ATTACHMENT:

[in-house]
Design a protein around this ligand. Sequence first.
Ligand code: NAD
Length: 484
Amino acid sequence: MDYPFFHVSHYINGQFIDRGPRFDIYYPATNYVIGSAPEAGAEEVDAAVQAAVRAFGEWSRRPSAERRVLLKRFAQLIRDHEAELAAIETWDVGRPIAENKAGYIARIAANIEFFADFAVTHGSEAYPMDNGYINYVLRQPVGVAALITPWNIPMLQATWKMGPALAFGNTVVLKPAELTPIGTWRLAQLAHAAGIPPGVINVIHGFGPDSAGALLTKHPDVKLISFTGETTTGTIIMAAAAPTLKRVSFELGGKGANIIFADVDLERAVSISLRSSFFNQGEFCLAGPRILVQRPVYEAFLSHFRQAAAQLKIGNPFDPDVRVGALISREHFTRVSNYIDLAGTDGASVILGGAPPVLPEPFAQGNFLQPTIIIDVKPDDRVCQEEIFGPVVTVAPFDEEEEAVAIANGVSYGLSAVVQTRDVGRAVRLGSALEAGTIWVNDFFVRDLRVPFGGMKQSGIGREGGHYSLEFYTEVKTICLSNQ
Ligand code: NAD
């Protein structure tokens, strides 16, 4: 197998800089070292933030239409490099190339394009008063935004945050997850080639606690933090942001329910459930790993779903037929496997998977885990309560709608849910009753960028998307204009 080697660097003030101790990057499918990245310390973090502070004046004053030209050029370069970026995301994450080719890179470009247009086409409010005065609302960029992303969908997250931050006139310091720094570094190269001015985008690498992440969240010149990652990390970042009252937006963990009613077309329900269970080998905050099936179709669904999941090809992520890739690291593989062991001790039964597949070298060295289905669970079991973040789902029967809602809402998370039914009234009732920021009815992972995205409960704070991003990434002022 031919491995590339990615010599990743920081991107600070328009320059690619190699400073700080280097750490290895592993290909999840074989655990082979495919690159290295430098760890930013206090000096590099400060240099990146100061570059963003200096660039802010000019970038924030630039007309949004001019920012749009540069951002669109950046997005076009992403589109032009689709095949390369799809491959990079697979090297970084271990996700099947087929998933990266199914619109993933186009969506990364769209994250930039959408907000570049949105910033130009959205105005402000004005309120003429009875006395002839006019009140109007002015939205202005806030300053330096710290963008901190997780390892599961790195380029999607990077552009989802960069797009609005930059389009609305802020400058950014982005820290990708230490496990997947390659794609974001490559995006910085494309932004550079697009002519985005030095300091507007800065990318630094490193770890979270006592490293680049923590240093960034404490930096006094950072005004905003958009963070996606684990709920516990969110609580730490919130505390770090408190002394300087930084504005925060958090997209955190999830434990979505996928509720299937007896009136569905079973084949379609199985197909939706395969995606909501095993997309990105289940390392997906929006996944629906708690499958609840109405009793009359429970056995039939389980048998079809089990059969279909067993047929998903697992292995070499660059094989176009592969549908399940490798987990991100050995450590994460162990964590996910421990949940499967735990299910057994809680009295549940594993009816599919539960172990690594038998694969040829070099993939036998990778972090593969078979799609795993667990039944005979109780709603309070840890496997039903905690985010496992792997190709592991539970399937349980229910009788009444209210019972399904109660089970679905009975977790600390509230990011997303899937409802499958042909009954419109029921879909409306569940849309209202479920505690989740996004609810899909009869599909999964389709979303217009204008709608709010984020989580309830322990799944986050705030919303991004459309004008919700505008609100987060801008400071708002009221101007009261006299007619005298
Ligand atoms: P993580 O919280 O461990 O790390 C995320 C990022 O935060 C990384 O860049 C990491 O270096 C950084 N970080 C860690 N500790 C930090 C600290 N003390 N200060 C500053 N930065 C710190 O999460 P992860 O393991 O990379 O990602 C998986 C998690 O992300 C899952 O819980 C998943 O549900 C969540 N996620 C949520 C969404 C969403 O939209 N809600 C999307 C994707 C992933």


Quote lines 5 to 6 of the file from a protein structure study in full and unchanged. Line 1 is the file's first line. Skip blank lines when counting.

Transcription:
Amino acid sequence: MDYPFFHVSHYINGQFIDRGPRFDIYYPATNYVIGSAPEAGAEEVDAAVQAAVRAFGEWSRRPSAERRVLLKRFAQLIRDHEAELAAIETWDVGRPIAENKAGYIARIAANIEFFADFAVTHGSEAYPMDNGYINYVLRQPVGVAALITPWNIPMLQATWKMGPALAFGNTVVLKPAELTPIGTWRLAQLAHAAGIPPGVINVIHGFGPDSAGALLTKHPDVKLISFTGETTTGTIIMAAAAPTLKRVSFELGGKGANIIFADVDLERAVSISLRSSFFNQGEFCLAGPRILVQRPVYEAFLSHFRQAAAQLKIGNPFDPDVRVGALISREHFTRVSNYIDLAGTDGASVILGGAPPVLPEPFAQGNFLQPTIIIDVKPDDRVCQEEIFGPVVTVAPFDEEEEAVAIANGVSYGLSAVVQTRDVGRAVRLGSALEAGTIWVNDFFVRDLRVPFGGMKQSGIGREGGHYSLEFYTEVKTICLSNQ
Ligand code: NAD